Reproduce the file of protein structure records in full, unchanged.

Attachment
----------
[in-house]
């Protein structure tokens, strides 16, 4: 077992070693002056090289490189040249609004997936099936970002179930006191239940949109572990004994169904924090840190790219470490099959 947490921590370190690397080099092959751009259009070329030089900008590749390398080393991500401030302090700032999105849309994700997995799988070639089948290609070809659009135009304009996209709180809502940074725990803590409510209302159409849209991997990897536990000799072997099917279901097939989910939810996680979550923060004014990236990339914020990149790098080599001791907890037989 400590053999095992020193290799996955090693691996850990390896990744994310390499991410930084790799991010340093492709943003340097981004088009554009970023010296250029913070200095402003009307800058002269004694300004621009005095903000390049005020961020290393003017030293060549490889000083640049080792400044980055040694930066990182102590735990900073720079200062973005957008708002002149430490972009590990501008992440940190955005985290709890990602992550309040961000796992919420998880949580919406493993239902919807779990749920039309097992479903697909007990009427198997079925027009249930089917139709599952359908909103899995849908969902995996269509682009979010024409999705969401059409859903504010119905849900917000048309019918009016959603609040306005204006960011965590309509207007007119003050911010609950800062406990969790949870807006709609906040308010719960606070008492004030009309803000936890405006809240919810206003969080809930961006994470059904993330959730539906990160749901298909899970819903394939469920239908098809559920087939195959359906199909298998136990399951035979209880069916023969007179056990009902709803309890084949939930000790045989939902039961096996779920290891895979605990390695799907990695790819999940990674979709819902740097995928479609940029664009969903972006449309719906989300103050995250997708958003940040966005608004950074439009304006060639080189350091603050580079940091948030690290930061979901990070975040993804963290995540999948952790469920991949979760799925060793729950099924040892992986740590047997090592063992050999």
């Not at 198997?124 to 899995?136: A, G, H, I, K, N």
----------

[in-house]
């Protein structure tokens, strides 16, 4: 077992070693002056090289490189040249609004997936099936970002179930006191239940949109572990004994169904924090840190790219470490099959 947490921590370190690397080099092959751009259009070329030089900008590749390398080393991500401030302090700032999105849309994700997995799988070639089948290609070809659009135009304009996209709180809502940074725990803590409510209302159409849209991997990897536990000799072997099917279901097939989910939810996680979550923060004014990236990339914020990149790098080599001791907890037989 400590053999095992020193290799996955090693691996850990390896990744994310390499991410930084790799991010340093492709943003340097981004088009554009970023010296250029913070200095402003009307800058002269004694300004621009005095903000390049005020961020290393003017030293060549490889000083640049080792400044980055040694930066990182102590735990900073720079200062973005957008708002002149430490972009590990501008992440940190955005985290709890990602992550309040961000796992919420998880949580919406493993239902919807779990749920039309097992479903697909007990009427198997079925027009249930089917139709599952359908909103899995849908969902995996269509682009979010024409999705969401059409859903504010119905849900917000048309019918009016959603609040306005204006960011965590309509207007007119003050911010609950800062406990969790949870807006709609906040308010719960606070008492004030009309803000936890405006809240919810206003969080809930961006994470059904993330959730539906990160749901298909899970819903394939469920239908098809559920087939195959359906199909298998136990399951035979209880069916023969007179056990009902709803309890084949939930000790045989939902039961096996779920290891895979605990390695799907990695790819999940990674979709819902740097995928479609940029664009969903972006449309719906989300103050995250997708958003940040966005608004950074439009304006060639080189350091603050580079940091948030690290930061979901990070975040993804963290995540999948952790469920991949979760799925060793729950099924040892992986740590047997090592063992050999």
């Not at 198997?124 to 899995?136: A, G, H, I, K, N």